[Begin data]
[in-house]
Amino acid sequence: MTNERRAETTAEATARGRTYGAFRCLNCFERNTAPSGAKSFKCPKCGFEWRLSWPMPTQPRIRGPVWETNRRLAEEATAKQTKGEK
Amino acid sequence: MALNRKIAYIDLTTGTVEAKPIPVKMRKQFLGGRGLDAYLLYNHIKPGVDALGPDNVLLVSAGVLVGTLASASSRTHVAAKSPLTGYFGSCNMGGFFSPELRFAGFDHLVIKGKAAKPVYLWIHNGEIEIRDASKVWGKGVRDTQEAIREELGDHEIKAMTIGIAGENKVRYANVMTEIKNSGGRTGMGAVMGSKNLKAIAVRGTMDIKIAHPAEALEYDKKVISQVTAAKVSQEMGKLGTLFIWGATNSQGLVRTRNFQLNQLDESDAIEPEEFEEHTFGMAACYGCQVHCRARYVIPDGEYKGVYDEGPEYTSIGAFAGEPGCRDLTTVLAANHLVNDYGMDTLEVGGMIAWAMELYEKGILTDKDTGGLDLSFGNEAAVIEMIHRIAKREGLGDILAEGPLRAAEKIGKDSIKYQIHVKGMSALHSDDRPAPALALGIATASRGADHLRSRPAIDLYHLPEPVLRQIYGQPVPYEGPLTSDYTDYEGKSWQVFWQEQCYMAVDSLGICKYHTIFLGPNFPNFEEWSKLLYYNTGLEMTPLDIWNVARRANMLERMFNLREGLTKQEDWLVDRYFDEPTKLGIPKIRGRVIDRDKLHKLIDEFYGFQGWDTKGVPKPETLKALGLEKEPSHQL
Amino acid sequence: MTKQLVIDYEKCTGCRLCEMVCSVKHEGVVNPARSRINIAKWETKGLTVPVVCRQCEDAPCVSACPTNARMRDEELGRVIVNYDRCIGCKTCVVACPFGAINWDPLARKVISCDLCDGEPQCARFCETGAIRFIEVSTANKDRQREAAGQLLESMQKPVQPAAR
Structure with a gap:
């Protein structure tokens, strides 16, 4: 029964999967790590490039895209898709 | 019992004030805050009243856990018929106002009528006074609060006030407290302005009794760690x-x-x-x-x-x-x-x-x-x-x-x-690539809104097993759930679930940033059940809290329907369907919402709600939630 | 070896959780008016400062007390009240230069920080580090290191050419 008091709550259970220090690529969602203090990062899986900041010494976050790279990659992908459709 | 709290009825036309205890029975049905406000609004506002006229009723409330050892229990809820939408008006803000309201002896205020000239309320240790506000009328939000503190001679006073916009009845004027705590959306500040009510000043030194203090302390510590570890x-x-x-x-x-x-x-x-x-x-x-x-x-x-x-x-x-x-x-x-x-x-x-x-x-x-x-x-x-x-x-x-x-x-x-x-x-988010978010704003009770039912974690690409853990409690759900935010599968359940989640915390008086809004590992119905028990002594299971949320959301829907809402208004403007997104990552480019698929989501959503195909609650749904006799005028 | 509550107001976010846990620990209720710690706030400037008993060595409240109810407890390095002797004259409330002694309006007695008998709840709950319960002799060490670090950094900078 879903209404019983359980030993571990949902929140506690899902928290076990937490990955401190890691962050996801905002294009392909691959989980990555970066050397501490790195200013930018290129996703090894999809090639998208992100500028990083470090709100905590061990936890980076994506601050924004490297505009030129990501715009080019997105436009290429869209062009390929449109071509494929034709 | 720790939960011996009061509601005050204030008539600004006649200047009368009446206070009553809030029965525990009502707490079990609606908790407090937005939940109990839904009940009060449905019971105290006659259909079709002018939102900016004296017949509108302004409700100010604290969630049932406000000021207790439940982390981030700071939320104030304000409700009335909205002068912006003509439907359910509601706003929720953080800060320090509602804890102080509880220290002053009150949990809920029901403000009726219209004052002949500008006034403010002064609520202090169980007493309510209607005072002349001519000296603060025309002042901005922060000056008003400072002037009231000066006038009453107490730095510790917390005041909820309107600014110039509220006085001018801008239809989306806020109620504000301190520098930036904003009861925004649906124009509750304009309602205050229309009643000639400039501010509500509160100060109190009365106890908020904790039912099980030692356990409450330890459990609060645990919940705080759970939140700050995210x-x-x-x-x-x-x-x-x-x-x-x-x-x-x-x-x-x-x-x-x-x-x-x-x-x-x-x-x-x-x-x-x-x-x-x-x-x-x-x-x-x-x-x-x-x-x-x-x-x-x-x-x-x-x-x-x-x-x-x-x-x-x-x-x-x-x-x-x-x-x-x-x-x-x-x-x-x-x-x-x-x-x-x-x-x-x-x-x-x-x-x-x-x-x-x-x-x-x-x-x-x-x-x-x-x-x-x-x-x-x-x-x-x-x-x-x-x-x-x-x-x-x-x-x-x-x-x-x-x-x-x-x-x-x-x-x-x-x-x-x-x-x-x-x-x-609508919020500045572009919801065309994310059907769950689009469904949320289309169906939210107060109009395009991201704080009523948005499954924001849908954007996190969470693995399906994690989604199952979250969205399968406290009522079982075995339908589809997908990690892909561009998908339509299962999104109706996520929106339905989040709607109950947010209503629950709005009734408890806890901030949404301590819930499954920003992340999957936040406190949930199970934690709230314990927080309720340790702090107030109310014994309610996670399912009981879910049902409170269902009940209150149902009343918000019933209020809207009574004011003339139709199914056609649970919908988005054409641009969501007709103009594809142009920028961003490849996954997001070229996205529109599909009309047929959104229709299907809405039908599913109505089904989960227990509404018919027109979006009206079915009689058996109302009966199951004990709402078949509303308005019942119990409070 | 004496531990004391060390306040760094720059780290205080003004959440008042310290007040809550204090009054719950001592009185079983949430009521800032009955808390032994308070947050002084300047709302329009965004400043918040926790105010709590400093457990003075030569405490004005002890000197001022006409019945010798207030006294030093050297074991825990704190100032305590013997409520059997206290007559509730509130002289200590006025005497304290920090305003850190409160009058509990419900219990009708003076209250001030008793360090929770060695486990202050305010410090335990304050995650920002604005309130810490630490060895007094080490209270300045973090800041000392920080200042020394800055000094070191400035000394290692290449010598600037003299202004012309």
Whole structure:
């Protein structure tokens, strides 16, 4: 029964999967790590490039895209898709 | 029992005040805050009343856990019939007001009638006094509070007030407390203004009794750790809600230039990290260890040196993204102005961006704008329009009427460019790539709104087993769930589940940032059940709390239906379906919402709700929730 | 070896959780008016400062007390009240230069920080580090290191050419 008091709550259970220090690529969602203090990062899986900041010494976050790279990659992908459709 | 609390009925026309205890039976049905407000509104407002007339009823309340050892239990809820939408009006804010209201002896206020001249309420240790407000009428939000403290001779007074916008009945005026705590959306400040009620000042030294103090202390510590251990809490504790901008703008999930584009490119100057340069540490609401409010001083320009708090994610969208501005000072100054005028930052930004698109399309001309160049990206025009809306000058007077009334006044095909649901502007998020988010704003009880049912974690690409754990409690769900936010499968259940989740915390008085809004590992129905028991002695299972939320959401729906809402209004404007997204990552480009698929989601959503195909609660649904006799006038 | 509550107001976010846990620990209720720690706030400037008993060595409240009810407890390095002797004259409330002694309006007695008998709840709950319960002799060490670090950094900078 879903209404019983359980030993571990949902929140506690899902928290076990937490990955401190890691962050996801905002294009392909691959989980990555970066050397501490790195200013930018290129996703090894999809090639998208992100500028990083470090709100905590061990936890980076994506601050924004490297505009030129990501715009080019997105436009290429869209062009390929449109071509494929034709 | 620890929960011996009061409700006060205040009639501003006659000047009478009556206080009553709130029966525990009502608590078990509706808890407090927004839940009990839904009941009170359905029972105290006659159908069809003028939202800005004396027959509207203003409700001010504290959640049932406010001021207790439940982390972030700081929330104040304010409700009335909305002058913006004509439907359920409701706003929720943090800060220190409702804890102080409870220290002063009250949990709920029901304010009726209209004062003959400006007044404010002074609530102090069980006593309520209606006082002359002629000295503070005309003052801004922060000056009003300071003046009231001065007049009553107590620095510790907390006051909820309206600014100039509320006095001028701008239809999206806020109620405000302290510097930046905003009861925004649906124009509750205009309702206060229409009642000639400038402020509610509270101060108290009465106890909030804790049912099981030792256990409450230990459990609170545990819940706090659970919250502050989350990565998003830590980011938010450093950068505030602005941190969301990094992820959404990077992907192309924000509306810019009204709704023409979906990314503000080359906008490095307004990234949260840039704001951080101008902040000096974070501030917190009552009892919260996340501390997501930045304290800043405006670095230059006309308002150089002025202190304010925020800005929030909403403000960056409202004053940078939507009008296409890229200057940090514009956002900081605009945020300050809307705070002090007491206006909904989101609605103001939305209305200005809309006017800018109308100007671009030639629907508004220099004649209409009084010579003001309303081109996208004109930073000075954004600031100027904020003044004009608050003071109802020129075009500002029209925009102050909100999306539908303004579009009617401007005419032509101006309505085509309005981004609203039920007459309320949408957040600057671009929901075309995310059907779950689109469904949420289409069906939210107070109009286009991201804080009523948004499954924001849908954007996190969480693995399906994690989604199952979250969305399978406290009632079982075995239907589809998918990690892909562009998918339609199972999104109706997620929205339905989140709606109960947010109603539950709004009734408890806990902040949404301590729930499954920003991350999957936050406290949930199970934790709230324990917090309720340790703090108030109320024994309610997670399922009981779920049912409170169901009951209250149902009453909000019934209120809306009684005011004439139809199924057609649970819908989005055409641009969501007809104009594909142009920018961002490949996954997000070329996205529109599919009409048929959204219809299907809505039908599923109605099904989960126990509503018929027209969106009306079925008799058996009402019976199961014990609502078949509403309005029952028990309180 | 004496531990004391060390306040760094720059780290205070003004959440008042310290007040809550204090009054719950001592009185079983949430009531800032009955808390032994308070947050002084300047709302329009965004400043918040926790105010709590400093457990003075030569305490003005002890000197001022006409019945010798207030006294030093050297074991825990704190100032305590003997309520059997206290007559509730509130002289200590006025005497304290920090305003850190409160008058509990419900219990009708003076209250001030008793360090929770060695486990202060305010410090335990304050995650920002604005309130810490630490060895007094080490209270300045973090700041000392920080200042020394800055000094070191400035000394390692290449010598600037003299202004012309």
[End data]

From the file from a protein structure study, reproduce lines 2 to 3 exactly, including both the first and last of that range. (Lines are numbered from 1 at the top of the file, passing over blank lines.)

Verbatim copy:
Amino acid sequence: MTNERRAETTAEATARGRTYGAFRCLNCFERNTAPSGAKSFKCPKCGFEWRLSWPMPTQPRIRGPVWETNRRLAEEATAKQTKGEK
Amino acid sequence: MALNRKIAYIDLTTGTVEAKPIPVKMRKQFLGGRGLDAYLLYNHIKPGVDALGPDNVLLVSAGVLVGTLASASSRTHVAAKSPLTGYFGSCNMGGFFSPELRFAGFDHLVIKGKAAKPVYLWIHNGEIEIRDASKVWGKGVRDTQEAIREELGDHEIKAMTIGIAGENKVRYANVMTEIKNSGGRTGMGAVMGSKNLKAIAVRGTMDIKIAHPAEALEYDKKVISQVTAAKVSQEMGKLGTLFIWGATNSQGLVRTRNFQLNQLDESDAIEPEEFEEHTFGMAACYGCQVHCRARYVIPDGEYKGVYDEGPEYTSIGAFAGEPGCRDLTTVLAANHLVNDYGMDTLEVGGMIAWAMELYEKGILTDKDTGGLDLSFGNEAAVIEMIHRIAKREGLGDILAEGPLRAAEKIGKDSIKYQIHVKGMSALHSDDRPAPALALGIATASRGADHLRSRPAIDLYHLPEPVLRQIYGQPVPYEGPLTSDYTDYEGKSWQVFWQEQCYMAVDSLGICKYHTIFLGPNFPNFEEWSKLLYYNTGLEMTPLDIWNVARRANMLERMFNLREGLTKQEDWLVDRYFDEPTKLGIPKIRGRVIDRDKLHKLIDEFYGFQGWDTKGVPKPETLKALGLEKEPSHQL